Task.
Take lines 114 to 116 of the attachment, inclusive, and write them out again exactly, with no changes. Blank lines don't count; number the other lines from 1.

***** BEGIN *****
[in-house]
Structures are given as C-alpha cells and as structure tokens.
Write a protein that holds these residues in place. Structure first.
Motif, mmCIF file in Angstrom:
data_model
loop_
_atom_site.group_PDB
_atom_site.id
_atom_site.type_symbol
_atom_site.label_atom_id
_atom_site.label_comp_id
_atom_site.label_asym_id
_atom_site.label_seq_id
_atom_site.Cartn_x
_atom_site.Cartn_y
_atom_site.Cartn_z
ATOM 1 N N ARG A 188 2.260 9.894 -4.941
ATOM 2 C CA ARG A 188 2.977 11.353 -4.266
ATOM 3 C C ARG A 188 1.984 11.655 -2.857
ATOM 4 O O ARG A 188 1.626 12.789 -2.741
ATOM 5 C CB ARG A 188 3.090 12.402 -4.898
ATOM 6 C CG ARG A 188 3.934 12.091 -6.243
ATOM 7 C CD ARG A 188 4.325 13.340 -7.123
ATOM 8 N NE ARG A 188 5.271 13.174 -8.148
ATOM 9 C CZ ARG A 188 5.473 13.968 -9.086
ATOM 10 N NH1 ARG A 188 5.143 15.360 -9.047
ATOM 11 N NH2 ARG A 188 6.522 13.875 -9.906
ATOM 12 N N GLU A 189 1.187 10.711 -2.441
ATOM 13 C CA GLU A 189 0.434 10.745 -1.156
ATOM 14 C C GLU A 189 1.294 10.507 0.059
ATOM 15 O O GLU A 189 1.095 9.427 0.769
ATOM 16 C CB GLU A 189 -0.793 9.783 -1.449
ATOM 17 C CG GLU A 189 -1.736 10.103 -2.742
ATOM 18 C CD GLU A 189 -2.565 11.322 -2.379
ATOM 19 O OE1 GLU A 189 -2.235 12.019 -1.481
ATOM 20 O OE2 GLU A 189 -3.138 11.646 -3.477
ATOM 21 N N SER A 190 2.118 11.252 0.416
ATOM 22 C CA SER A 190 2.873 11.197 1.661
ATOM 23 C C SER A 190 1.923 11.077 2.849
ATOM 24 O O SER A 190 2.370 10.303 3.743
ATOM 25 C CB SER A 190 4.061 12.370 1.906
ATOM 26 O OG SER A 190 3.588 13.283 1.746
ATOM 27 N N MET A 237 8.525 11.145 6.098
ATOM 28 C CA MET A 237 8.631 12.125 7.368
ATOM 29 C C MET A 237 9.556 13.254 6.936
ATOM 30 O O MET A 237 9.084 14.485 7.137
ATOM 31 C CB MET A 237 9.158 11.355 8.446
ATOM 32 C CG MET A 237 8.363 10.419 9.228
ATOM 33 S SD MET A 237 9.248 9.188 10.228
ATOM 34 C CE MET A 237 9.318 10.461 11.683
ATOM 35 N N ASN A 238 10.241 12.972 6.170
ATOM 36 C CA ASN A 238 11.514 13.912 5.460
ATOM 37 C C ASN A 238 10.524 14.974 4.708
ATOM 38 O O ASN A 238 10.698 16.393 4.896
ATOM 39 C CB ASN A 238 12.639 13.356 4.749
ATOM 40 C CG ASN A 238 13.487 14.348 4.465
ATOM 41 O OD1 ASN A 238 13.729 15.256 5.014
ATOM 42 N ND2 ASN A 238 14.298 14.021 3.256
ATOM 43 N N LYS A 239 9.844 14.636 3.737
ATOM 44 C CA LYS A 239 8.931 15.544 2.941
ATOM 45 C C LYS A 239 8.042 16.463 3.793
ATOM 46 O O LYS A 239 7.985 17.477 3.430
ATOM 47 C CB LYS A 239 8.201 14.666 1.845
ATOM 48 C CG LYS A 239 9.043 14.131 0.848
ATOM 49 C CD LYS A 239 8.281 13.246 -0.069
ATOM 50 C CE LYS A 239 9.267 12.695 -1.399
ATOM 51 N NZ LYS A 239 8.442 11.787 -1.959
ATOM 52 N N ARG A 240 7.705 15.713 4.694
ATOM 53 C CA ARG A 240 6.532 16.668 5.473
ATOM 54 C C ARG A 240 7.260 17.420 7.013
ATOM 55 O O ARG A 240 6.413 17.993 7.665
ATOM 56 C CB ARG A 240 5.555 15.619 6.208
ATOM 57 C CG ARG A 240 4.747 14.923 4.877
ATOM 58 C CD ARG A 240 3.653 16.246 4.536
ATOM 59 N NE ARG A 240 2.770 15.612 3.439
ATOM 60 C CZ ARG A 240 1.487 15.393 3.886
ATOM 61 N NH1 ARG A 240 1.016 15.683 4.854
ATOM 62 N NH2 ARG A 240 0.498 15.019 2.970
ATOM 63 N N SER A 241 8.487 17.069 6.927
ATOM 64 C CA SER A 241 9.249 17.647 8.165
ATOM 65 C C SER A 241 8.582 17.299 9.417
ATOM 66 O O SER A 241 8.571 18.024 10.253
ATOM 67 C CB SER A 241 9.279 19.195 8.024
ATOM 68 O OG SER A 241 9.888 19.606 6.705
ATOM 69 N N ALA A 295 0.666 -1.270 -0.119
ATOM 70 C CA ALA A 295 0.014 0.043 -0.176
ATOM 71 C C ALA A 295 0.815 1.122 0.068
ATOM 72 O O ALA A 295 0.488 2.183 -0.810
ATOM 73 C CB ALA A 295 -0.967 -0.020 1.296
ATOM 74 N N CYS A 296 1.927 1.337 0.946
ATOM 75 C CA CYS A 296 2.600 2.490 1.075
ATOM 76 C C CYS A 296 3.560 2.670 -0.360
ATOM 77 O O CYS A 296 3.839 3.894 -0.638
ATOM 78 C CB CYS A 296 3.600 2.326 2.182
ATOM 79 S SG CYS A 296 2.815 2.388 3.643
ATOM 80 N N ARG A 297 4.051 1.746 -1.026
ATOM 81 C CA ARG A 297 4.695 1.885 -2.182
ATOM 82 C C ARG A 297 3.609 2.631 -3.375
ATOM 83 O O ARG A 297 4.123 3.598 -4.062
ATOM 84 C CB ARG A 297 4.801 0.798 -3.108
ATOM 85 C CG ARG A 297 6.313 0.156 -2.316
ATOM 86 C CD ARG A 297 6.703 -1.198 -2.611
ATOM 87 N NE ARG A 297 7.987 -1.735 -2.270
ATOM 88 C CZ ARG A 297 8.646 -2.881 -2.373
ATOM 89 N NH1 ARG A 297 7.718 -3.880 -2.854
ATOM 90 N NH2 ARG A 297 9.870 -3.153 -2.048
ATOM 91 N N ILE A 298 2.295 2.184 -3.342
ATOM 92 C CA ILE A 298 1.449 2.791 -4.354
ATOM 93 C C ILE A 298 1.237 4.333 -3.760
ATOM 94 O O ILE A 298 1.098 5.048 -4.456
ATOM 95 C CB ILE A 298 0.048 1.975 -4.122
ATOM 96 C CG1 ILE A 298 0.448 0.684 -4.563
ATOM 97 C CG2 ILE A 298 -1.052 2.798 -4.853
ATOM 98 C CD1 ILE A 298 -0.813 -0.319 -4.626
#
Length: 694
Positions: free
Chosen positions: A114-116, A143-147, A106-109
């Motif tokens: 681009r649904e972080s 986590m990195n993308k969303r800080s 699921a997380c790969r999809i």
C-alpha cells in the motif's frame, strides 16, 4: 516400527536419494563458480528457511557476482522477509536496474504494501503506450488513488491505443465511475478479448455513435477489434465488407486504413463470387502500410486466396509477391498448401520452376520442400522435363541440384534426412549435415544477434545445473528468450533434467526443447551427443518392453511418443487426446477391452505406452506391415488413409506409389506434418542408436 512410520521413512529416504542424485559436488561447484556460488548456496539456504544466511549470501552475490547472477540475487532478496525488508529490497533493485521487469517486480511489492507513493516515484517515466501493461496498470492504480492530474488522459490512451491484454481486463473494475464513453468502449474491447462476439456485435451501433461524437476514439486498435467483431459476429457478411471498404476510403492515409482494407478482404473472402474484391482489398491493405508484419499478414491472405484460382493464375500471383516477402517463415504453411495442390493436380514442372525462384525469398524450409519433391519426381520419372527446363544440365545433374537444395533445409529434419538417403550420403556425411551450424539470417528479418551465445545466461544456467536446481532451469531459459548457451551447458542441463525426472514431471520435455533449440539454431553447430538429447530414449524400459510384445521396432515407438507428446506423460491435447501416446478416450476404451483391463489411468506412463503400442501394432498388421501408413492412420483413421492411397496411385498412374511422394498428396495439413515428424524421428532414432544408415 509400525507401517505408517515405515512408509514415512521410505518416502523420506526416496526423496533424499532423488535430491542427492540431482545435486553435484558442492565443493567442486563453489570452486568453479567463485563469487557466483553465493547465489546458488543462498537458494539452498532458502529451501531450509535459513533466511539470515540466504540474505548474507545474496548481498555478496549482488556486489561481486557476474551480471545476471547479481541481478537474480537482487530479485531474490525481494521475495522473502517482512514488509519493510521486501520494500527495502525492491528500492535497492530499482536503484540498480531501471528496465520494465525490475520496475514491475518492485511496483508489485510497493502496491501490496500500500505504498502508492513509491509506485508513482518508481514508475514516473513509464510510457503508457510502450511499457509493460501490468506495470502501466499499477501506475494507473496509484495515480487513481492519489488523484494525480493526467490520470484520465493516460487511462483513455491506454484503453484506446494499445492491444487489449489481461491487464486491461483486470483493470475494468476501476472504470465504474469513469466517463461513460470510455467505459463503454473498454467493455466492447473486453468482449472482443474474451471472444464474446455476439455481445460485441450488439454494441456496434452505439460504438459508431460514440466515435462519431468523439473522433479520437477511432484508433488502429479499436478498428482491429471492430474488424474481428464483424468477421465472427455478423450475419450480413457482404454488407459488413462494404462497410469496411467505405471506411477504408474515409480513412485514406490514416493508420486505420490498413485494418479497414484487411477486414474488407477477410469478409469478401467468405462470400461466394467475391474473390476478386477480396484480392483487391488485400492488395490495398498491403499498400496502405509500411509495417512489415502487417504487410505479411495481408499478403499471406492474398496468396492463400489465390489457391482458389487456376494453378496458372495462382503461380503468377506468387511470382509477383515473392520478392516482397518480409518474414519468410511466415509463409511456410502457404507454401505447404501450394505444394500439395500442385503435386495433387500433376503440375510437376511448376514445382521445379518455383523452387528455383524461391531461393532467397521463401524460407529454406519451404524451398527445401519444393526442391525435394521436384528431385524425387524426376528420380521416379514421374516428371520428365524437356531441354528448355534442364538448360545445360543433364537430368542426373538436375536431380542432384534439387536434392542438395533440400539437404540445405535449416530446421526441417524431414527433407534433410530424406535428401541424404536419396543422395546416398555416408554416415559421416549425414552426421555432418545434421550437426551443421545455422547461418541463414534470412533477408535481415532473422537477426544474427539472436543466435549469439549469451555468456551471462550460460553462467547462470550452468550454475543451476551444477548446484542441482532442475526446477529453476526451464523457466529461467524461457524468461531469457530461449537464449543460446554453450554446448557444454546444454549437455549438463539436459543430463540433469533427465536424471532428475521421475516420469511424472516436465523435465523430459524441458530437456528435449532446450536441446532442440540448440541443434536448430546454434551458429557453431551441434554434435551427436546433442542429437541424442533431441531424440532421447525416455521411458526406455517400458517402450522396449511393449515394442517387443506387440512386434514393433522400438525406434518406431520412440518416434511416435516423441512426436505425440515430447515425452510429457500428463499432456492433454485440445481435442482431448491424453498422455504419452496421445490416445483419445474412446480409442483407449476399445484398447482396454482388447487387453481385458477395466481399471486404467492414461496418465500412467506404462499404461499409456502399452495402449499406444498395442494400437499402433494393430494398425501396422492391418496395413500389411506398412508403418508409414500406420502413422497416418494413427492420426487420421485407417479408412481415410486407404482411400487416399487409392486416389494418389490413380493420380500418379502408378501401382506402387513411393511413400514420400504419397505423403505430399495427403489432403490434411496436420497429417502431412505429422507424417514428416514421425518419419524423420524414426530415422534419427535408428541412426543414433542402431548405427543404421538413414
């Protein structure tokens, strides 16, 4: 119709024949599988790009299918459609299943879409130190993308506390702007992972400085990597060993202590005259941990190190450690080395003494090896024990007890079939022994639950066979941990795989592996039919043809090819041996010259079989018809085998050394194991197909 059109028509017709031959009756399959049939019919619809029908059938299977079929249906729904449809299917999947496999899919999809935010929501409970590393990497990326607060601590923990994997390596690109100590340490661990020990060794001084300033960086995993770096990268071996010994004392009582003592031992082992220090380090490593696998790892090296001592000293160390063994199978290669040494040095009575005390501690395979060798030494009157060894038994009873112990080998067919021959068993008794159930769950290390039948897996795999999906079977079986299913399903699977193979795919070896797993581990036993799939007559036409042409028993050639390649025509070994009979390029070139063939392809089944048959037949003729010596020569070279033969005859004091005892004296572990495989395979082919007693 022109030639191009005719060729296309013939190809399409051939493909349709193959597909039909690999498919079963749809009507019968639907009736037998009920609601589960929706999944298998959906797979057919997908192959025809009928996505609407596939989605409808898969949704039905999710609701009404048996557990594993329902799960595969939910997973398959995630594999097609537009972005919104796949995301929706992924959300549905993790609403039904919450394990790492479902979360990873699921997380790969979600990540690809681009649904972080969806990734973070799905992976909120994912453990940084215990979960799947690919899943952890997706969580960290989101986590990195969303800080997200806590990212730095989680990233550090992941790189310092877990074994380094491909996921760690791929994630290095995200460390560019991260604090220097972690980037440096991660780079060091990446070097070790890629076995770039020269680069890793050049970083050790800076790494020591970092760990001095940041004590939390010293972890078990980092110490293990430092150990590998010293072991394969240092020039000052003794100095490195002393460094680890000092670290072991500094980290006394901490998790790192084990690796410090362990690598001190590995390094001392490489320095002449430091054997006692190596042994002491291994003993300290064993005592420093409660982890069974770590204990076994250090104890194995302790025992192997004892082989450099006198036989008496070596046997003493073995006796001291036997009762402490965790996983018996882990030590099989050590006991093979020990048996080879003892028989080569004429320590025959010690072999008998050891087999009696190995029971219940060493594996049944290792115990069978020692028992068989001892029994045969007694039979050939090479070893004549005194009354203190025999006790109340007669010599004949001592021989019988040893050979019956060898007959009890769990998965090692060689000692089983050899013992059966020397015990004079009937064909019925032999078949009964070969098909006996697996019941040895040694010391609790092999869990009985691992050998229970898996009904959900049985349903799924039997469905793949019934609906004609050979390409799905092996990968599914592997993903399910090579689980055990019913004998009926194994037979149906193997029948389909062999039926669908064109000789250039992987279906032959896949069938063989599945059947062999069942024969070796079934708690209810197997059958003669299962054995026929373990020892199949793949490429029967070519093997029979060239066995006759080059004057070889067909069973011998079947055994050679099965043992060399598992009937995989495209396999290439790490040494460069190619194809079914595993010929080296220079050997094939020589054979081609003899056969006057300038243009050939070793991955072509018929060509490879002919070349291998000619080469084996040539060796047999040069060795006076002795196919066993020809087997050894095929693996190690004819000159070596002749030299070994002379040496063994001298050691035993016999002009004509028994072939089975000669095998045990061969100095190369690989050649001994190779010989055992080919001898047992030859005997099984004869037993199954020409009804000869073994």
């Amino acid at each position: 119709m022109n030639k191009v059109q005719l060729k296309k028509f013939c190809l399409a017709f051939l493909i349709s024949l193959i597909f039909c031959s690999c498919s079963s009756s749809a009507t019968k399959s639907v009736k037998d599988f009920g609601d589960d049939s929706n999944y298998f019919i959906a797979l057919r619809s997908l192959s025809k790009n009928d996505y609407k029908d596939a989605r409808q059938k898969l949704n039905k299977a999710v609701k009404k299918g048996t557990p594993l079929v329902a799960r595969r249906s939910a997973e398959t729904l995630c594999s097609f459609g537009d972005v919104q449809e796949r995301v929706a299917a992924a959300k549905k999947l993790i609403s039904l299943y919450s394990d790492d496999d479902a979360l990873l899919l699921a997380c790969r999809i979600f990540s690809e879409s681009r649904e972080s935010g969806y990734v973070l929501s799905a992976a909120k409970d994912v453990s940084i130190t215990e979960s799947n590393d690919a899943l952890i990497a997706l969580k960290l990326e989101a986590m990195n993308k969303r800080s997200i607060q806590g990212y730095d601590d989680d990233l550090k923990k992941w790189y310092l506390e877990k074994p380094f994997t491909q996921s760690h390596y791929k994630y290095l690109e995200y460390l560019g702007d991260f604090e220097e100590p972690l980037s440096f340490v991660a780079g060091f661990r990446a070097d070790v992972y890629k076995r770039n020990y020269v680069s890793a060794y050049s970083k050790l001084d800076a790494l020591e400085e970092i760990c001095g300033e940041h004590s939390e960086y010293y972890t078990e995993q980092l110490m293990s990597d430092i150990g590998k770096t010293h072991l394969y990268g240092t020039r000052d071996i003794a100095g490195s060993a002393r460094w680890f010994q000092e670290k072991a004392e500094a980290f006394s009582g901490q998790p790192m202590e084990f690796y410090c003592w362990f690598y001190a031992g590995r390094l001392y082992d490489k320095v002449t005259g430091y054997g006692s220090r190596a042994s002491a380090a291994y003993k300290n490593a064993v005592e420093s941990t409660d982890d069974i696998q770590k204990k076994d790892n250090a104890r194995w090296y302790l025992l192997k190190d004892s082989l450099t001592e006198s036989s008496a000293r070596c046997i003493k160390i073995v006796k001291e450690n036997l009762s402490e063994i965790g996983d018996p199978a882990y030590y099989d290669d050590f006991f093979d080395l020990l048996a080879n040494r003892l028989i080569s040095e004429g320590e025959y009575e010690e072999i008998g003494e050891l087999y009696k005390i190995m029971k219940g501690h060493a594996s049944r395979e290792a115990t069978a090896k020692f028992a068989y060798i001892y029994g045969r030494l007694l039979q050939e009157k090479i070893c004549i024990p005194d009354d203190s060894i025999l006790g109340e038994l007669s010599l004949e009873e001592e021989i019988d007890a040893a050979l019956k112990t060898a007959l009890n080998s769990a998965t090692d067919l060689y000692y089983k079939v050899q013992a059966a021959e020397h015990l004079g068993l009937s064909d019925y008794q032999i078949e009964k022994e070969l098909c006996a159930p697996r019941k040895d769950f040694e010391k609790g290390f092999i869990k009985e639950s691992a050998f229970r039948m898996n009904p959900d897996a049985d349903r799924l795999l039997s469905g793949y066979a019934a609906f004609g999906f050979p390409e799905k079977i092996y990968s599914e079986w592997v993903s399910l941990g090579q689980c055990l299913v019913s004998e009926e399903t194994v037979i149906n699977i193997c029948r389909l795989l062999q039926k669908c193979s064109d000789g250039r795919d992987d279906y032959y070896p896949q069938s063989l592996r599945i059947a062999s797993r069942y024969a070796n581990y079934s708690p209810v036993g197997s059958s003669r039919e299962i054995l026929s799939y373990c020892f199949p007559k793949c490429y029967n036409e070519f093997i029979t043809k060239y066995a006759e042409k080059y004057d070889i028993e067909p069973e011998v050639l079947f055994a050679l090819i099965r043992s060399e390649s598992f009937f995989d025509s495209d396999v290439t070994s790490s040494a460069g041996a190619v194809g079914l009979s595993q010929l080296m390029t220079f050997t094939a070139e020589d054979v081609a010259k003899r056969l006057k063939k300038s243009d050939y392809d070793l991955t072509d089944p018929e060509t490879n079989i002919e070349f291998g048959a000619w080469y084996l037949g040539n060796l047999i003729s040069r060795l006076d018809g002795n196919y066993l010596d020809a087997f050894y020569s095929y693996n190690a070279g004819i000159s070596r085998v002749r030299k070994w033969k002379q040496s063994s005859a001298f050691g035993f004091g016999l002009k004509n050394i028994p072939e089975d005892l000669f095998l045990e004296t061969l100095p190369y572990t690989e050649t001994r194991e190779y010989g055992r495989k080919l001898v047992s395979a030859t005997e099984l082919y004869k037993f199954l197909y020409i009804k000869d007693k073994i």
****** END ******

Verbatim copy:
ATOM 98 C CD1 ILE A 298 -0.813 -0.319 -4.626
#
Length: 694